Reviewers commented that this is a strong proposal based on a large and diverse applicant pool, a well-designed training program, and excellent laboratory research opportunities. The pool of potential applicants is very large and the proposal carefully addresses issues of recruitment of diverse and qualified individuals. Students in the existing MS and PSM programs are required to maintain a 3.0 grade point average, and about 60% of current students are from underrepresented minorities (URMs) or are first-generation college students. The applicant institution is recognized for its success in granting masters degrees in biology, and for a well-developed series of classes for MS and PSM students that includes writing as well as science courses. Although the one-week stem cell laboratory course was seen as short, the 12- and 18-month internships were praised as of adequate length to achieve expertise in stem cell laboratory techniques. In addition, the internship training environments are outstanding with many opportunities for academic growth at each partner host institution. The proposal outlines thoughtful plans for selecting students, matching them for internships with appropriate laboratories, and assessing their progress, thus increasing the likelihood of success a successful internship. Trainees will be matched with a lab at the host institution, taking into consideration information in the students’ application. Students will meet with the researcher selected for them and if the student should decide it is not a good match, an alternate lab will be selected. During their internship, students would meet monthly with the principal investigator on their project and would participate in their host lab activities, and they would submit both written and oral reports at the end of their internship. Reviewers commented that the proposed program contains a nice blend of scientific technical skill development as well as personal career development, with attention given to developing skills in scientific writing and communication, and an introduction to the biotech workplace environment. Reviewers spoke highly of this program’s thoughtful integration of auxiliary activities with the internship and didactic components of the MS and PSM programs.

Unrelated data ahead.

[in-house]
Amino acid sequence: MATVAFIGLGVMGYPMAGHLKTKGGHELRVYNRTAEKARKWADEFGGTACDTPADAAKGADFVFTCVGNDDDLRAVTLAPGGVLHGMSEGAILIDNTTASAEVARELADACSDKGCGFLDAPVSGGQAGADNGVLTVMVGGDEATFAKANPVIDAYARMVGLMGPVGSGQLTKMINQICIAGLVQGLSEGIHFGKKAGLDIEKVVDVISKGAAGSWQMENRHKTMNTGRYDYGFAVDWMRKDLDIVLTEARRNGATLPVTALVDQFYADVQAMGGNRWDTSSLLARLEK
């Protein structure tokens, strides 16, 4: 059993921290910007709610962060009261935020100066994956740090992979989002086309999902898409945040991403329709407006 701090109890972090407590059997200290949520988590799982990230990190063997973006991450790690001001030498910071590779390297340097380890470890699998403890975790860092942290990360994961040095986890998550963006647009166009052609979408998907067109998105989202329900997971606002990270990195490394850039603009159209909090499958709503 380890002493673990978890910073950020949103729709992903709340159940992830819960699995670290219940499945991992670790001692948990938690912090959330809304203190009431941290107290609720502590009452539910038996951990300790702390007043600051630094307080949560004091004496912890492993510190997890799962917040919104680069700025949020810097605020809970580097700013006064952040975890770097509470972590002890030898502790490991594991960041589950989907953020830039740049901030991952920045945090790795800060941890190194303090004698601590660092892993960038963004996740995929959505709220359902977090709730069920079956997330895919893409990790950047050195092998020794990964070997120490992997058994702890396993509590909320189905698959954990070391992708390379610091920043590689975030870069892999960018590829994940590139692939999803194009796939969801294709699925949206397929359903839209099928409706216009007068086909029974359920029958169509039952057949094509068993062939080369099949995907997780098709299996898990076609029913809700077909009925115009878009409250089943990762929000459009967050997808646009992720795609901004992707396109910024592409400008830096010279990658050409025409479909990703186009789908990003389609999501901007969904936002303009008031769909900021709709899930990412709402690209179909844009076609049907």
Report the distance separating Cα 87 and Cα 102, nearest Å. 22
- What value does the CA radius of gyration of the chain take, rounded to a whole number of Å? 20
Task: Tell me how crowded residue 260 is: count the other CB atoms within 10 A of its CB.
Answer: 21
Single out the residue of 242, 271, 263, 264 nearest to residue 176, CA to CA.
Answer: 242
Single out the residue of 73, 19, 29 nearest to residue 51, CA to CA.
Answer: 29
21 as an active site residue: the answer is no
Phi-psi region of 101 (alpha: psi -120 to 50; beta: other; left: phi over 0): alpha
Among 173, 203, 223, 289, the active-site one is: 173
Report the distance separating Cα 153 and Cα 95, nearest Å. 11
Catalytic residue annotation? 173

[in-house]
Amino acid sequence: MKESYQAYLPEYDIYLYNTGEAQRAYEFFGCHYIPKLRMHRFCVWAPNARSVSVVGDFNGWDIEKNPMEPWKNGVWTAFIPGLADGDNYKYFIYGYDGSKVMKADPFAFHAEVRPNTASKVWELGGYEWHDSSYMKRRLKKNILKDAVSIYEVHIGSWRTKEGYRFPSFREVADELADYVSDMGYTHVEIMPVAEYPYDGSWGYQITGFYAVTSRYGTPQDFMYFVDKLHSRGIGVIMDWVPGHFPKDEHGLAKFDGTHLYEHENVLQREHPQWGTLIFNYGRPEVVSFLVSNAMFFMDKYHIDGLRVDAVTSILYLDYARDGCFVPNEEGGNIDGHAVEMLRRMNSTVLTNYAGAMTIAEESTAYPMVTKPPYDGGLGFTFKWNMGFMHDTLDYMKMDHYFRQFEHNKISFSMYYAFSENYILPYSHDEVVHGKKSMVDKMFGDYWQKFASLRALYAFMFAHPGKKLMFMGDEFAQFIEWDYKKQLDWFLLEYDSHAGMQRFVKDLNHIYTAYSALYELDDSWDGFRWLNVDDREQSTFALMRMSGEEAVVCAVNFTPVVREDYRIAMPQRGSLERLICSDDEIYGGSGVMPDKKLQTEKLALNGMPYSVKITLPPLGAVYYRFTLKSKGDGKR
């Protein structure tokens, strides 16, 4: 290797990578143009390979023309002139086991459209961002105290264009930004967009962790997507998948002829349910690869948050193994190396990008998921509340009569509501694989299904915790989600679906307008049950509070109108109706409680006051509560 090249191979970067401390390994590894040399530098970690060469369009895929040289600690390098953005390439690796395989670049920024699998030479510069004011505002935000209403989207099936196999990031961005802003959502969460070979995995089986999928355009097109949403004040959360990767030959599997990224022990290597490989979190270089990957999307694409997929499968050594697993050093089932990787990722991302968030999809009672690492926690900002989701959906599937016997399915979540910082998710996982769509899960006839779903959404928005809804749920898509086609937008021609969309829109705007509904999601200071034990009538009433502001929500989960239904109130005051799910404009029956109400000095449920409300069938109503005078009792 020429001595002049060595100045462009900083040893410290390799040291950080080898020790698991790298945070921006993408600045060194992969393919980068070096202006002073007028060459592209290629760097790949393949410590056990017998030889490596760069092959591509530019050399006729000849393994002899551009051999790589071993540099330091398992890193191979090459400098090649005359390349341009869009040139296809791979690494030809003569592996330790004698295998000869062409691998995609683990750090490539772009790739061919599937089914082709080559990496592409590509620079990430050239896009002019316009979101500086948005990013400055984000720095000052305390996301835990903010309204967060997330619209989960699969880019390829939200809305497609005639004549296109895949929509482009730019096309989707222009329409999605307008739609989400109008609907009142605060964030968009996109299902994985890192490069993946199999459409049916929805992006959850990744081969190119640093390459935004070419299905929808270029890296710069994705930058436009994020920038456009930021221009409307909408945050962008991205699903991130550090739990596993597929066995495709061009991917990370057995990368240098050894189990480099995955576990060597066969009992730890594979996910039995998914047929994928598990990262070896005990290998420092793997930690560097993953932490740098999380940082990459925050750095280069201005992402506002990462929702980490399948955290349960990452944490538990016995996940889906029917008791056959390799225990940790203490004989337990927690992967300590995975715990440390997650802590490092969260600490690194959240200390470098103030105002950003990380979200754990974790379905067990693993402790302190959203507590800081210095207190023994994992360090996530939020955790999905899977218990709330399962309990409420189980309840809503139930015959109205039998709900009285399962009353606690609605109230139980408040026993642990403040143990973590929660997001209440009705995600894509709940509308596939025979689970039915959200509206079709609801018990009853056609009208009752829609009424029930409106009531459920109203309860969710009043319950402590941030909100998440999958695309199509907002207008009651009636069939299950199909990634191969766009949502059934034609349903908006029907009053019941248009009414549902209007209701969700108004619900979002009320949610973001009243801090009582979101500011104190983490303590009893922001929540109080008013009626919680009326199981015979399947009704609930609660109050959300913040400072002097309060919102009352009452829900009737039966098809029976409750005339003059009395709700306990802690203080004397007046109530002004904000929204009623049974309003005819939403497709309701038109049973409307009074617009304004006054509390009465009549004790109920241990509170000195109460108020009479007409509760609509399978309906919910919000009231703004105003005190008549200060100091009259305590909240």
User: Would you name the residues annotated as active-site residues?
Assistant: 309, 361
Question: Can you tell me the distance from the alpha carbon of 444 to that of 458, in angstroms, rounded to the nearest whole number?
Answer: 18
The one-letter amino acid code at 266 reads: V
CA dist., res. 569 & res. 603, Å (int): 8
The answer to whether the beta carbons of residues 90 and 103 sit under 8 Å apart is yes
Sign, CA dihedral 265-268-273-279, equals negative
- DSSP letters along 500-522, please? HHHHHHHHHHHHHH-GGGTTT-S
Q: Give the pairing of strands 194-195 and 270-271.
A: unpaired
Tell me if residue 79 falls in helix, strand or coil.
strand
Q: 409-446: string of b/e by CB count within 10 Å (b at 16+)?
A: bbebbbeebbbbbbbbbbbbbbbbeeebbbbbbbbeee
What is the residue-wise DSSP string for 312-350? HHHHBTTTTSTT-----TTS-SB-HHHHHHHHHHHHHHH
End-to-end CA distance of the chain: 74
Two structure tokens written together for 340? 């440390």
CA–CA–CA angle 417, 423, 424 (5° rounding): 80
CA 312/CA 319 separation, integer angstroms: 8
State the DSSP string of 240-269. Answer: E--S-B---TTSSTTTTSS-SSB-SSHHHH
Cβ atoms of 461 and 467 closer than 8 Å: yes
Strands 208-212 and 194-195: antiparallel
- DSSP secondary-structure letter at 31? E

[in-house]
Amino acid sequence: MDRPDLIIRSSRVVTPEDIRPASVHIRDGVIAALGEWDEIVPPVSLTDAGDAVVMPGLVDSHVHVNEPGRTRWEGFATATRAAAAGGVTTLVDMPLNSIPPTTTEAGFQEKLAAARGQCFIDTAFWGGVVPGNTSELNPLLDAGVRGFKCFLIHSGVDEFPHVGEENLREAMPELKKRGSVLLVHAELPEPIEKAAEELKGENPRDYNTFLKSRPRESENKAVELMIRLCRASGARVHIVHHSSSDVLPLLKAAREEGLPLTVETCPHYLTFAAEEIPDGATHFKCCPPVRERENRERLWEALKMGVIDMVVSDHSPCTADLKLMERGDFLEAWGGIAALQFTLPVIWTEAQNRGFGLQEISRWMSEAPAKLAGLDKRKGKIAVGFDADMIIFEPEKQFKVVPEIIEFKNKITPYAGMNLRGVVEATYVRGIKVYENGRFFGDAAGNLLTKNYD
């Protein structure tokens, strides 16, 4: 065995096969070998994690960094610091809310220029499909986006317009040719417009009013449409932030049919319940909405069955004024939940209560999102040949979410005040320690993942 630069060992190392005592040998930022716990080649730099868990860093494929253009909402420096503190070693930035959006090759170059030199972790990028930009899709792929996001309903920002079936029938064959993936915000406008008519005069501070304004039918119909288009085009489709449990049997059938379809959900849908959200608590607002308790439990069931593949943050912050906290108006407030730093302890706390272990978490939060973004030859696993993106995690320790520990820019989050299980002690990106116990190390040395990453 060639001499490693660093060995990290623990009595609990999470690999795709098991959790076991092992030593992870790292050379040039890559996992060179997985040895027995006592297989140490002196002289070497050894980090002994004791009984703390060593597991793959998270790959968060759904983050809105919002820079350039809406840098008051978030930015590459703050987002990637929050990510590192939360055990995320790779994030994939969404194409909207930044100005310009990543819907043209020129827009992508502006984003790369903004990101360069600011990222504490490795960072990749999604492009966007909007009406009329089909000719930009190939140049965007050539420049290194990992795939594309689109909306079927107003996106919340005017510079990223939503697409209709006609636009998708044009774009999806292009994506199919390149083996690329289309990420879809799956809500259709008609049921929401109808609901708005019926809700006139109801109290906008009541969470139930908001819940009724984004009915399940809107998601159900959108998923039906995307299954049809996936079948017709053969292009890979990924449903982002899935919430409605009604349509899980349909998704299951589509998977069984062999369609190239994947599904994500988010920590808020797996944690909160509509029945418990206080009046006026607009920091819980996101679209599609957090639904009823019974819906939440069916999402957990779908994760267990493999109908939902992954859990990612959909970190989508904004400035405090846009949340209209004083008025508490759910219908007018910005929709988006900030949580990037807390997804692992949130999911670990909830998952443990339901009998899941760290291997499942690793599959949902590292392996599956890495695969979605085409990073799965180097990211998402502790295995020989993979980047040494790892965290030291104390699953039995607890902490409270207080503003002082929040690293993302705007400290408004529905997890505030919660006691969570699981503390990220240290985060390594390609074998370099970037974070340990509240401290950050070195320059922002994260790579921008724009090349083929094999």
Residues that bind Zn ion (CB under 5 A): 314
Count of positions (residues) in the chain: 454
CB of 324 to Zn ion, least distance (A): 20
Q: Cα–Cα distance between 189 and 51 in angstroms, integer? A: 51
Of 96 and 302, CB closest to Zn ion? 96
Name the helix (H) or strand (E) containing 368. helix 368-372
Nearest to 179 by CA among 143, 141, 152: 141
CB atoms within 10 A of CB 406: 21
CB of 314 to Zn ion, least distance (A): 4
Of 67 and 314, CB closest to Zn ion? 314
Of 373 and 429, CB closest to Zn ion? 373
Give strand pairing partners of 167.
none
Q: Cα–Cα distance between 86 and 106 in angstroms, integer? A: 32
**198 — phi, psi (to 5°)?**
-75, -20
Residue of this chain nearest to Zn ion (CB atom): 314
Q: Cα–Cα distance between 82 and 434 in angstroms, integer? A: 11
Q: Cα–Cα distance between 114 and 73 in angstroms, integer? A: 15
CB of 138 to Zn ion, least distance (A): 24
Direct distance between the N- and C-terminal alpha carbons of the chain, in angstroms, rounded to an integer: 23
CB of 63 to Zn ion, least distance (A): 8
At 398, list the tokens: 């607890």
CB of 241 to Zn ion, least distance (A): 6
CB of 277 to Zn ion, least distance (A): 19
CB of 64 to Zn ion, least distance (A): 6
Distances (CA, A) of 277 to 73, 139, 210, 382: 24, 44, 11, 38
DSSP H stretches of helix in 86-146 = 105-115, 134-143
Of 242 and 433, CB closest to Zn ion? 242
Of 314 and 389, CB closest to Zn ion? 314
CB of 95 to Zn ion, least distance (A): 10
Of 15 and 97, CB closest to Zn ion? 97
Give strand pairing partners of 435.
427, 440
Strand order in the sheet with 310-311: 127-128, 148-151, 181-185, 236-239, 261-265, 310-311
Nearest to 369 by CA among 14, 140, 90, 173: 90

Reviewers were also very positive about the institutional commitment and partnering arrangements. The MS and PSM programs attract students from 4-year schools in the state and throughout the US, speaking to the quality of the education provided, and the applicant institution has an impressive track record of advancing the career development of its population of students. In this proposal, the institution highlights its commitment to the stem cell training program by leveraging the CIRM award with outside funding: CIRM internships would support students for 12 months, and other sources of support would be used to fund the additional 6 months of internship for the MS students. In terms of partnering, the institution has long-established interactions with institutions in the area that have strong research programs in stem cell biology, and it has experience placing MS and PSM students in laboratories at these collaborating institutions. The institutional history and evidence of commitment to this Bridges program were viewed as very positive.

Finally, the program administration was considered good, although reviewers pointed to some weaknesses. One of the strengths of the proposal is the track record, experience, commitment and accomplishments of the Program Director (PD). Reviewers commented that the PD has appropriate experience in education and administration and has a strong commitment to the development of minorities. The Advisory Committee, which has appropriate representation from all relevant host institutions, also has a nice blend of scientific expertise in the field along with substantial experience in training programs and in working with URM populations. The institutional track record is generally excellent in recruiting URMs. Potential weaknesses pointed out by one reviewer were that the PD seems over committed, and that students in the program only meet once a month. The reviewer felt that students need more interaction with the PD and with each other to develop a feeling of being in a program, especially when they are heading to mainstream institutions only a few months after entering the MS program.

Overall, reviewers felt that this was an outstanding program for training research personnel in stem cell research.